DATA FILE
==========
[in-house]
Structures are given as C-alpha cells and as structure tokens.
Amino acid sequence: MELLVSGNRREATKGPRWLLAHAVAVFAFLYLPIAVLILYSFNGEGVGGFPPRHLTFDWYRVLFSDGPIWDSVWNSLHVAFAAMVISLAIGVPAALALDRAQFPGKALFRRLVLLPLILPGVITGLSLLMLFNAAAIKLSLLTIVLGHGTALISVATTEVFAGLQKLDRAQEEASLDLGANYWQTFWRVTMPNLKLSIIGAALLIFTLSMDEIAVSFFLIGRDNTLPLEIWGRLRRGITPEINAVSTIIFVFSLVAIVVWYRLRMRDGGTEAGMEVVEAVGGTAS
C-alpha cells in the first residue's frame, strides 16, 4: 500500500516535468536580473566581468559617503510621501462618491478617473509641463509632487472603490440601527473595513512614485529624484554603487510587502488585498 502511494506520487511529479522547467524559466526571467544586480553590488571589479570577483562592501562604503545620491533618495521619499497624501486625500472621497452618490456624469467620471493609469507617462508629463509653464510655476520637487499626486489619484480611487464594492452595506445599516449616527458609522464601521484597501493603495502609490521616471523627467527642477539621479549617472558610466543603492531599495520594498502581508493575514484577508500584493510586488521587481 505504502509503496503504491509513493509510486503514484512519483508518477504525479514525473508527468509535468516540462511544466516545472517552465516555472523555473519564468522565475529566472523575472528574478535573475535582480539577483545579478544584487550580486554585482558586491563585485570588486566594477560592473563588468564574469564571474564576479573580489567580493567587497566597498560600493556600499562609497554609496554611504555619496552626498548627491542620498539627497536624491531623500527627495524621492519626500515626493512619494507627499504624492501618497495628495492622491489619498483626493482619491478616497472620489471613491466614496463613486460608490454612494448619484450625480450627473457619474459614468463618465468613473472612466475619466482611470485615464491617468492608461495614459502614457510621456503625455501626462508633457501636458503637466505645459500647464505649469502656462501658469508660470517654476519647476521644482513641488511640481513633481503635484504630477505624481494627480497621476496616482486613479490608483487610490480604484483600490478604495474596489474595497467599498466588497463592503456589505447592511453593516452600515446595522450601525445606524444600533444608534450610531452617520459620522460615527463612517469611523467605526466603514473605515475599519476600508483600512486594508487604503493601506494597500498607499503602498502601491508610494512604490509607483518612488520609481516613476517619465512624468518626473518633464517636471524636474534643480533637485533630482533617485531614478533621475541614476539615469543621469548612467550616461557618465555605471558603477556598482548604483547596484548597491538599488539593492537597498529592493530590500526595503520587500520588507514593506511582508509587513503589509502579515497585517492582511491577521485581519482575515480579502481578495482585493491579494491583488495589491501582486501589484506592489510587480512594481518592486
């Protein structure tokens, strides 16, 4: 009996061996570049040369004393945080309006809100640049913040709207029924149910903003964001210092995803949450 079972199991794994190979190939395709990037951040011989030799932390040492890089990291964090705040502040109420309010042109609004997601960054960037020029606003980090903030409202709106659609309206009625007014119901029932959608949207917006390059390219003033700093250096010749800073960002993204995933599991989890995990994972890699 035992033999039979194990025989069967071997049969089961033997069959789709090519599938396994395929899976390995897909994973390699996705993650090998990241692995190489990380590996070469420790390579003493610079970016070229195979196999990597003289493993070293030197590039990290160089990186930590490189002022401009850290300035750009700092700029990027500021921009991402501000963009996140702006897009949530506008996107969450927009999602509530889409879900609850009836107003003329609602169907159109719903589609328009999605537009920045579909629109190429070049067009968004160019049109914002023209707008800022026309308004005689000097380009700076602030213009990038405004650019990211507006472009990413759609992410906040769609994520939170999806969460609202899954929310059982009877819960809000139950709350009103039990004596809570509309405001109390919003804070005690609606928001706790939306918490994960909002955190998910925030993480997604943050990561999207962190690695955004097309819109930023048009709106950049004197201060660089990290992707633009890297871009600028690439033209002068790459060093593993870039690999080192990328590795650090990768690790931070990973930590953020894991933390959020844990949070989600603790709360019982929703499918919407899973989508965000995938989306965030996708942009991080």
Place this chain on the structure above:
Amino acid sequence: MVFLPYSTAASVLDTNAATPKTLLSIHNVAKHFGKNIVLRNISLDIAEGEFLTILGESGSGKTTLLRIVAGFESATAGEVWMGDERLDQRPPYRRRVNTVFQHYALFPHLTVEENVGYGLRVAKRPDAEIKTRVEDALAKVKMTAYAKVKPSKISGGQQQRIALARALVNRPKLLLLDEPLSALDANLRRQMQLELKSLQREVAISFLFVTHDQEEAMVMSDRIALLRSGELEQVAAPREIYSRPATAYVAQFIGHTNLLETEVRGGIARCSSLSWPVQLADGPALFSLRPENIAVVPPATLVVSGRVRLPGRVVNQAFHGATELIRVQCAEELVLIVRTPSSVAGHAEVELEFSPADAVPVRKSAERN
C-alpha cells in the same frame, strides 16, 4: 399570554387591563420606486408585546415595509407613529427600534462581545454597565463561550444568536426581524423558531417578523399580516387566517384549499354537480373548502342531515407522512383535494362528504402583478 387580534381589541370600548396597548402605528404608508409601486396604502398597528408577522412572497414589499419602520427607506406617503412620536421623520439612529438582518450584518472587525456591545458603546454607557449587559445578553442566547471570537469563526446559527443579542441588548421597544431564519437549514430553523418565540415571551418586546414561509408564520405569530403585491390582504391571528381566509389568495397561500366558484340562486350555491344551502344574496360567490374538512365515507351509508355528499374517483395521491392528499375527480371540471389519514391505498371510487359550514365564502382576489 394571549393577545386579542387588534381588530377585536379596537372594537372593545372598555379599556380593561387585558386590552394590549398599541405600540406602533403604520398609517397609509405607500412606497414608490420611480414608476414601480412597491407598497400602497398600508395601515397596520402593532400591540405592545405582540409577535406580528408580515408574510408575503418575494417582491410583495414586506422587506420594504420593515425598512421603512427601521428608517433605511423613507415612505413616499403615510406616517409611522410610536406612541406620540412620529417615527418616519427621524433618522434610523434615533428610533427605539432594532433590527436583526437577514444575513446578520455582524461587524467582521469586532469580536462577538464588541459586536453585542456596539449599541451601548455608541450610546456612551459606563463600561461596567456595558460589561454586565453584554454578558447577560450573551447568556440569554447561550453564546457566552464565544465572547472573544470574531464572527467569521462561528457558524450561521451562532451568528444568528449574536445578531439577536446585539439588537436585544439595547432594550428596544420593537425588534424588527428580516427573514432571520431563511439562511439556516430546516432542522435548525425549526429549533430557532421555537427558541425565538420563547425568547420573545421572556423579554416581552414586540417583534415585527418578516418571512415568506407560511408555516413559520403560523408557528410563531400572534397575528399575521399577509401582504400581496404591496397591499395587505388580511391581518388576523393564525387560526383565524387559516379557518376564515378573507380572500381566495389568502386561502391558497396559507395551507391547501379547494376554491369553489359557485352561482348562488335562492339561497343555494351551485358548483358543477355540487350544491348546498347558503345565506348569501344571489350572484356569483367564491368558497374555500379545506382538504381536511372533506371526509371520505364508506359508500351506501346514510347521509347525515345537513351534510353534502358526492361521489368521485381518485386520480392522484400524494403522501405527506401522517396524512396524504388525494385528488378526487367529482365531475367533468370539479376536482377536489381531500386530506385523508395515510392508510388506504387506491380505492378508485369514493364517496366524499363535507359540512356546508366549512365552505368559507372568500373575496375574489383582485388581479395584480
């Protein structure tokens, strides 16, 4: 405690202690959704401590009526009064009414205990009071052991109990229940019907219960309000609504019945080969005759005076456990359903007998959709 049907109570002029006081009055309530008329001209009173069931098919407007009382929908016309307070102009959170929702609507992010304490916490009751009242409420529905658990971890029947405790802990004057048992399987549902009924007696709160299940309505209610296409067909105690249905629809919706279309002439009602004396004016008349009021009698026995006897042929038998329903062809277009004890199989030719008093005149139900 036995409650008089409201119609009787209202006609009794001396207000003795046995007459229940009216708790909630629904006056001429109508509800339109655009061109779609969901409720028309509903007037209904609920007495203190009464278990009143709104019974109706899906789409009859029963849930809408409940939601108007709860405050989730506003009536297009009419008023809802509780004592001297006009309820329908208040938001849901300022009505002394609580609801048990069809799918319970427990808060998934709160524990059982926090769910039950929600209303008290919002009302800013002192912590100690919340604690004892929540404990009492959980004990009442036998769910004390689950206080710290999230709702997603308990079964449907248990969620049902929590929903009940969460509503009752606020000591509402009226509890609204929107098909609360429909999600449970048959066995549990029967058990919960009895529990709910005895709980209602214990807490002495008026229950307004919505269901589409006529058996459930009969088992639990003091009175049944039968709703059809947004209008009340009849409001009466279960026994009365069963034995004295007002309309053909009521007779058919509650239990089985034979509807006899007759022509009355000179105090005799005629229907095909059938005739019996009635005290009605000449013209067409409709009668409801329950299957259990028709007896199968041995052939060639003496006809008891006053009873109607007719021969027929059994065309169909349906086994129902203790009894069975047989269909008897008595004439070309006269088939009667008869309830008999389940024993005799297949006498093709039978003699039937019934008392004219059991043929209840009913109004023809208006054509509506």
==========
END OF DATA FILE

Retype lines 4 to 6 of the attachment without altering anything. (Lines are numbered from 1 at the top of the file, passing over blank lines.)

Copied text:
C-alpha cells in the first residue's frame, strides 16, 4: 500500500516535468536580473566581468559617503510621501462618491478617473509641463509632487472603490440601527473595513512614485529624484554603487510587502488585498 502511494506520487511529479522547467524559466526571467544586480553590488571589479570577483562592501562604503545620491533618495521619499497624501486625500472621497452618490456624469467620471493609469507617462508629463509653464510655476520637487499626486489619484480611487464594492452595506445599516449616527458609522464601521484597501493603495502609490521616471523627467527642477539621479549617472558610466543603492531599495520594498502581508493575514484577508500584493510586488521587481 505504502509503496503504491509513493509510486503514484512519483508518477504525479514525473508527468509535468516540462511544466516545472517552465516555472523555473519564468522565475529566472523575472528574478535573475535582480539577483545579478544584487550580486554585482558586491563585485570588486566594477560592473563588468564574469564571474564576479573580489567580493567587497566597498560600493556600499562609497554609496554611504555619496552626498548627491542620498539627497536624491531623500527627495524621492519626500515626493512619494507627499504624492501618497495628495492622491489619498483626493482619491478616497472620489471613491466614496463613486460608490454612494448619484450625480450627473457619474459614468463618465468613473472612466475619466482611470485615464491617468492608461495614459502614457510621456503625455501626462508633457501636458503637466505645459500647464505649469502656462501658469508660470517654476519647476521644482513641488511640481513633481503635484504630477505624481494627480497621476496616482486613479490608483487610490480604484483600490478604495474596489474595497467599498466588497463592503456589505447592511453593516452600515446595522450601525445606524444600533444608534450610531452617520459620522460615527463612517469611523467605526466603514473605515475599519476600508483600512486594508487604503493601506494597500498607499503602498502601491508610494512604490509607483518612488520609481516613476517619465512624468518626473518633464517636471524636474534643480533637485533630482533617485531614478533621475541614476539615469543621469548612467550616461557618465555605471558603477556598482548604483547596484548597491538599488539593492537597498529592493530590500526595503520587500520588507514593506511582508509587513503589509502579515497585517492582511491577521485581519482575515480579502481578495482585493491579494491583488495589491501582486501589484506592489510587480512594481518592486
């Protein structure tokens, strides 16, 4: 009996061996570049040369004393945080309006809100640049913040709207029924149910903003964001210092995803949450 079972199991794994190979190939395709990037951040011989030799932390040492890089990291964090705040502040109420309010042109609004997601960054960037020029606003980090903030409202709106659609309206009625007014119901029932959608949207917006390059390219003033700093250096010749800073960002993204995933599991989890995990994972890699 035992033999039979194990025989069967071997049969089961033997069959789709090519599938396994395929899976390995897909994973390699996705993650090998990241692995190489990380590996070469420790390579003493610079970016070229195979196999990597003289493993070293030197590039990290160089990186930590490189002022401009850290300035750009700092700029990027500021921009991402501000963009996140702006897009949530506008996107969450927009999602509530889409879900609850009836107003003329609602169907159109719903589609328009999605537009920045579909629109190429070049067009968004160019049109914002023209707008800022026309308004005689000097380009700076602030213009990038405004650019990211507006472009990413759609992410906040769609994520939170999806969460609202899954929310059982009877819960809000139950709350009103039990004596809570509309405001109390919003804070005690609606928001706790939306918490994960909002955190998910925030993480997604943050990561999207962190690695955004097309819109930023048009709106950049004197201060660089990290992707633009890297871009600028690439033209002068790459060093593993870039690999080192990328590795650090990768690790931070990973930590953020894991933390959020844990949070989600603790709360019982929703499918919407899973989508965000995938989306965030996708942009991080």
Place this chain on the structure above: